Preservation week: 5 questions with David Brock and Aude Gabory

April 27, 2016
Richenda Brim
David Brock and Aude Gabory, Conservation Services

In today’s Preservation Week blog post we meet two members of our Conservation Services team: David Brock and Aude Gabory. Conservation Services has a central role in the preservation program through conservation treatment, external exhibit loan preparation, assessments, training, and consultation. From re-sewing a first edition of Charles Darwin’s Origin of Species to repairing 18th and 19th century Japanese souvenir maps and 20th century Egyptian movie posters, conservators and technicians combine craft skills and conservation expertise to protect and prolong the useful life of collection materials.

For more information about Preservation Week including resources, quick tips, and free webinars visit the American Library Association’s Preservation Week site

David Brock is the longest serving member of our conservation team.

Tell us about your work, David.

My work as a book conservator centers on the conservation treatment of individual rare books. All of the physical materials comprising a book—its paper, ink, binding, and more subtly, the signs of its passage from hand to hand and century to century are part of a mute history that can have important things to tell the scholar and researcher. Saving and caring for all these aspects of a book is the work of conservation.

What is your favorite book/item to come across your bench in the past year?

Probably my most interesting conservation challenge this past year was Grosses Textilhandbuch. This is a German production from 1936. It is a box of textile samples mounted on card, as well as samples of the raw materials from which the textiles were made. The box had been very badly water-damaged, was warped, and in numerous pieces. I had to flatten the individual pieces of the box and then work out how they originally went together.

Has your work in preservation influenced your life outside of work?

Yes. When I look at my own books acquired over many years, I wonder whose hands they will pass through in the future.

Why did you decide to go into this field?

I loved books, reading, and working with my hands.

Do you have a favorite tool/operation/piece of equipment?

My favorite tool is my dividers. When I acquired it as an apprentice, I felt that I had never before held in my hands such an inspiring and carefully made tool. I can remember hoping that my work would become worthy of its use.


Aude Gabory is the newest member of the Conservation Services team. Welcome, Aude!

Tell us about your work, Aude.

I am Assistant Conservator at Stanford University Library. The focus of my work is on conservation of books, manuscripts and other items from Special Collections but I also help out with General Collection material when there is a need.  

What is your favorite book/item to come across your bench in the past year?

I've been at Stanford only since January after moving from Chicago. One of the very first treatments I did was on a 17th century book about London. The title page was covered with the signatures of some of the previous owners of the book, and one of them had drawn a face into an O from the title, with a tongue sticking out. The humor was intact after all these centuries! Aside from the very personal touches this book bore, it was also a magnificent challenge work wise, and a formidable task after a 6-month hiatus. The book was very patient with me and it taught me many lessons.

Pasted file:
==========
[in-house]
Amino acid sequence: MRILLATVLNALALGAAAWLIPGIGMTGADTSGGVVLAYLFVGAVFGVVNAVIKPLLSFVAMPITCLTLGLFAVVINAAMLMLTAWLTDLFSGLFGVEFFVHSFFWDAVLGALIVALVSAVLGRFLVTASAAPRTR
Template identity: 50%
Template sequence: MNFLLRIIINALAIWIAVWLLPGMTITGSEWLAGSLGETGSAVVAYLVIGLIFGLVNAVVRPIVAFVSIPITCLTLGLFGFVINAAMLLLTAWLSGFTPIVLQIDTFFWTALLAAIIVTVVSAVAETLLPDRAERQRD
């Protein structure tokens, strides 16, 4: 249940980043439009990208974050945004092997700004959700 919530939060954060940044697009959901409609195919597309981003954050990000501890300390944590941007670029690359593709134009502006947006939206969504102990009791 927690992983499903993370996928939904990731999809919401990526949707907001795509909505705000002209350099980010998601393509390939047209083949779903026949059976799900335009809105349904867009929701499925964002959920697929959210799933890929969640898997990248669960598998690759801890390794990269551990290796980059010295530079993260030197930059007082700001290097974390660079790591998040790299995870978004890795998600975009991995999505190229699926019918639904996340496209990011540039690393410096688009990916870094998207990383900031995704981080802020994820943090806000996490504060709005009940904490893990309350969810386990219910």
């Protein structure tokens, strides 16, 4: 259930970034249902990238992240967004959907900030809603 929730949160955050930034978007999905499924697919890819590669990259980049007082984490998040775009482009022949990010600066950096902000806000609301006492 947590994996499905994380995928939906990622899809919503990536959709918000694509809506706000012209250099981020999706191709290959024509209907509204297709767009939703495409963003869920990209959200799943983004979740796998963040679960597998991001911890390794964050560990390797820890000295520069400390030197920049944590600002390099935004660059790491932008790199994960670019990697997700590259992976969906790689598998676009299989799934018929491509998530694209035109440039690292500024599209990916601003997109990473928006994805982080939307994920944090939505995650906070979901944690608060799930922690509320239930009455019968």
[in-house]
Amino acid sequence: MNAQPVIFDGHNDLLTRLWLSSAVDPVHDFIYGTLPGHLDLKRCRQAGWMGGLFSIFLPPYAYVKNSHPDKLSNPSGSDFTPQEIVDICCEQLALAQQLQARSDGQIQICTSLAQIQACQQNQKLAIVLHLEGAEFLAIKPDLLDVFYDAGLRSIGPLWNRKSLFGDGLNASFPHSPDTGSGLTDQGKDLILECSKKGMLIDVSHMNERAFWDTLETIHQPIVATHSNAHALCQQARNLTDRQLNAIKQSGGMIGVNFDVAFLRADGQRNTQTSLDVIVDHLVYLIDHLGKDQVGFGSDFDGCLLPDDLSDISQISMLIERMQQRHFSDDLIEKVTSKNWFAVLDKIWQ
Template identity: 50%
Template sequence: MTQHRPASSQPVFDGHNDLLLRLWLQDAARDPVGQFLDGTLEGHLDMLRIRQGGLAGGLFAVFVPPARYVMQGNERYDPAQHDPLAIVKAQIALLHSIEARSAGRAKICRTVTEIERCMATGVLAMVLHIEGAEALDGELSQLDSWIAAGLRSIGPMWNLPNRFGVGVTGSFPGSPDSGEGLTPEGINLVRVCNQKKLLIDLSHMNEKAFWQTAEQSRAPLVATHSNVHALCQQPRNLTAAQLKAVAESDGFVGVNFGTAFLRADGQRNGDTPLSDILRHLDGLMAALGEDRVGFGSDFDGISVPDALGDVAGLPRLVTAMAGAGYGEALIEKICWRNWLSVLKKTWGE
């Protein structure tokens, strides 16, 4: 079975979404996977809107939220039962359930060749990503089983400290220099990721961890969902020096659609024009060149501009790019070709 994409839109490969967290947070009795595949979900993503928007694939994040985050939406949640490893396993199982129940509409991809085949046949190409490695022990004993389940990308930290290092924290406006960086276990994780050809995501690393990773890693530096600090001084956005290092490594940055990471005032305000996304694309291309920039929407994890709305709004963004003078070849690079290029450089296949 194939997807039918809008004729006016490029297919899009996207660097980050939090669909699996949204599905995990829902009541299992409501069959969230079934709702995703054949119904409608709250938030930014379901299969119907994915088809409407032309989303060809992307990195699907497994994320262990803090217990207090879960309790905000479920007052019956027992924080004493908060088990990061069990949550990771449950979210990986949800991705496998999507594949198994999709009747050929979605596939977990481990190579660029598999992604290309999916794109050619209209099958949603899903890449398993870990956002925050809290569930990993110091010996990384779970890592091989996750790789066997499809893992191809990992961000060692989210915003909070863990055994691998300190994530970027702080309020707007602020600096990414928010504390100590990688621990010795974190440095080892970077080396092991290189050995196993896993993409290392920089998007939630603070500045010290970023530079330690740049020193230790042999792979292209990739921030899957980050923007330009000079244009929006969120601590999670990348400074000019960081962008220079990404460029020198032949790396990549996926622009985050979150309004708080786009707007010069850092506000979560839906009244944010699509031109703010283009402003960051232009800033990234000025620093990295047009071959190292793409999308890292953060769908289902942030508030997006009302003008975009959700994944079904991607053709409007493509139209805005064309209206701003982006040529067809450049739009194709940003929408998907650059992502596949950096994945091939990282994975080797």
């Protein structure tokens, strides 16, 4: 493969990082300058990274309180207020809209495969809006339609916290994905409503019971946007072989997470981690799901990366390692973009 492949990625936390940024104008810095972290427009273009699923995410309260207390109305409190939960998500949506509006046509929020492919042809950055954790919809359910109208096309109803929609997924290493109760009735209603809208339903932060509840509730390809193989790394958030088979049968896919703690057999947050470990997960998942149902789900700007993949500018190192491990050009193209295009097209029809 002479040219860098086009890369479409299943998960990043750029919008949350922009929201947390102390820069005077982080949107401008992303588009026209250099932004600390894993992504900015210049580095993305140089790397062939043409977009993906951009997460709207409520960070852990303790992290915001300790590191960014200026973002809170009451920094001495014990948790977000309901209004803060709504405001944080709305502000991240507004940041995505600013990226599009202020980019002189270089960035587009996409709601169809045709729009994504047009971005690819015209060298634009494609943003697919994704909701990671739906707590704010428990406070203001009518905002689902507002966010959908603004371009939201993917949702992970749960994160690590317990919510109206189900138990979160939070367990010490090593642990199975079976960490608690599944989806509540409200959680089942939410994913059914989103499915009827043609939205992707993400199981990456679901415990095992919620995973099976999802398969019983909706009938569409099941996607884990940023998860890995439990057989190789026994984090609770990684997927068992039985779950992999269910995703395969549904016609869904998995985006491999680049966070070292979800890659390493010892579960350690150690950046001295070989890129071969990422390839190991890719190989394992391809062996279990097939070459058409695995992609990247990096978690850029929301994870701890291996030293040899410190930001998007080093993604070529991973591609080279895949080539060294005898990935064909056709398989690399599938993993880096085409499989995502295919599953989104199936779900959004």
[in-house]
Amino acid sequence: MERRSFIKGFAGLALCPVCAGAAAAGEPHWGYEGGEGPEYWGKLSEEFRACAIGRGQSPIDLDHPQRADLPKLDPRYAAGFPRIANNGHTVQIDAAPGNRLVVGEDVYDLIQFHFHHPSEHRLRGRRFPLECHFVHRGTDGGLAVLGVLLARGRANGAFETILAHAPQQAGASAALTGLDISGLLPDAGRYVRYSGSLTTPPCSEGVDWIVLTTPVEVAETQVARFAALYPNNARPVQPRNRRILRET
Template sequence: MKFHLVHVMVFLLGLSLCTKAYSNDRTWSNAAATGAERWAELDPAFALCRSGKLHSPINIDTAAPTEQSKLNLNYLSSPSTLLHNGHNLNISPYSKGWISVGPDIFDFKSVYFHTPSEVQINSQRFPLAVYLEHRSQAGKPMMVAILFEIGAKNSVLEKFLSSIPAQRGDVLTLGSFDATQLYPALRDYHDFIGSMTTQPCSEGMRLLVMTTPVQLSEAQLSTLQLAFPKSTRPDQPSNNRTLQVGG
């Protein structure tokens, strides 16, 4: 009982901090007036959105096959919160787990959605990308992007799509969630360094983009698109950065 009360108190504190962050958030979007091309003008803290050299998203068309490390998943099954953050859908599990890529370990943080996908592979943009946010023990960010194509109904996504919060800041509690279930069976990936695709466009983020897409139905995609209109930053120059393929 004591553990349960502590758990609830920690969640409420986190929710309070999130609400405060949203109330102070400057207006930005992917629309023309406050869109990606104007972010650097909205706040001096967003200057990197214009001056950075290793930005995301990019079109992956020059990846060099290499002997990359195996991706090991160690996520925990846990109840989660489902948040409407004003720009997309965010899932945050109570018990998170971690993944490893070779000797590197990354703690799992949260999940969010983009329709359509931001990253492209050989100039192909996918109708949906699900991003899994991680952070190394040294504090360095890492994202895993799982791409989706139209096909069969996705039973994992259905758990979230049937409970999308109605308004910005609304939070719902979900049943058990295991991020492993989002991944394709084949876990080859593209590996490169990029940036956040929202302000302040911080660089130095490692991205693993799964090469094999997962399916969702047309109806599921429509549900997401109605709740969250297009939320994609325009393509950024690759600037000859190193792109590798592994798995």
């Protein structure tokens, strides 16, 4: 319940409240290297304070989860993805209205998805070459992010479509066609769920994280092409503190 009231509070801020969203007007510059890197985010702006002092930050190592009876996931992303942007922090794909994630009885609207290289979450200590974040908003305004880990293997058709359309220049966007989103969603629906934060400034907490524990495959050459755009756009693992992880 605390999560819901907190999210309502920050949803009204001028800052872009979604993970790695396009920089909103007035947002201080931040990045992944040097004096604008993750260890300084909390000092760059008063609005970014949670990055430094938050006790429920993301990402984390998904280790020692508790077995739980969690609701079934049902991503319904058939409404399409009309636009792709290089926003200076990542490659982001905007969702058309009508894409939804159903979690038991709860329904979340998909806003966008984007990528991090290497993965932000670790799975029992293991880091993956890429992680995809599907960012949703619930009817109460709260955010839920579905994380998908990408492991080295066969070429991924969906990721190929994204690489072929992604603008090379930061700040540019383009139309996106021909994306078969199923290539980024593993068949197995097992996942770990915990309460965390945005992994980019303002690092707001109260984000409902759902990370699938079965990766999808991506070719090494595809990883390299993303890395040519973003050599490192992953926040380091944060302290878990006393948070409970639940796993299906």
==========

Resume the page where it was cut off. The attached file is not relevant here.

What parts of the library do you wish you knew more about?

Every part of the library! I'm often asked about the strengths of the various collections, and I'm often at a loss for a good answer because I haven't done my homework, but also because it is hard to figure out what makes a given library special sometimes, if you are not a scholar. A few bullet points/reference points on the website would help (and if they are already there I apologize!), such as number of volumes, strengths of the Rare Books and Manuscripts collections, etc. 

Why did you decide to go into this field?

I did have an aha! moment, but it came after years of passive interest for fine bookbinding and a fascination for restoration work since I was a child. I grew up in the Loire Valley in France, with its rich history of book production and its many historical landmarks. That was the background of my childhood and early adulthood during which I focused on the Renaissance in my literary studies. Fast forward many years and the realization that manual work would make me happiest, combined with the opportunity to go back to school in Boston and train as a bookbinder and conservator, and voilà. It all came together and made perfect sense. The gratification of a job well done is at the root of it and the fact that I consider the preservation of cultural artifacts as an obvious necessity, because it was all around me growing up.

Do you have a favorite tool/operation/piece of equipment?

I love the smaller hand tools that we use all the time (spatulas, brushes, folders), because they are extensions of our fingers, they are not impressive but they are simple and efficient. Perhaps my hands are my favorite tools. It all starts with the hands. But I also find the larger pieces of equipment we use very handsome and humbling. They haven't changed in centuries, really: presses, ploughs, sewing frames, board cutters. There are also the materials we work with. Japanese papers are miraculous. Perhaps my favorite operation is the first moments you spend with a book that needs treatment, when you examine it to establish a diagnosis and a course of treatment. That time you take to ponder all the decisions that will affect the rest of its life. You become a little bridge in its long life.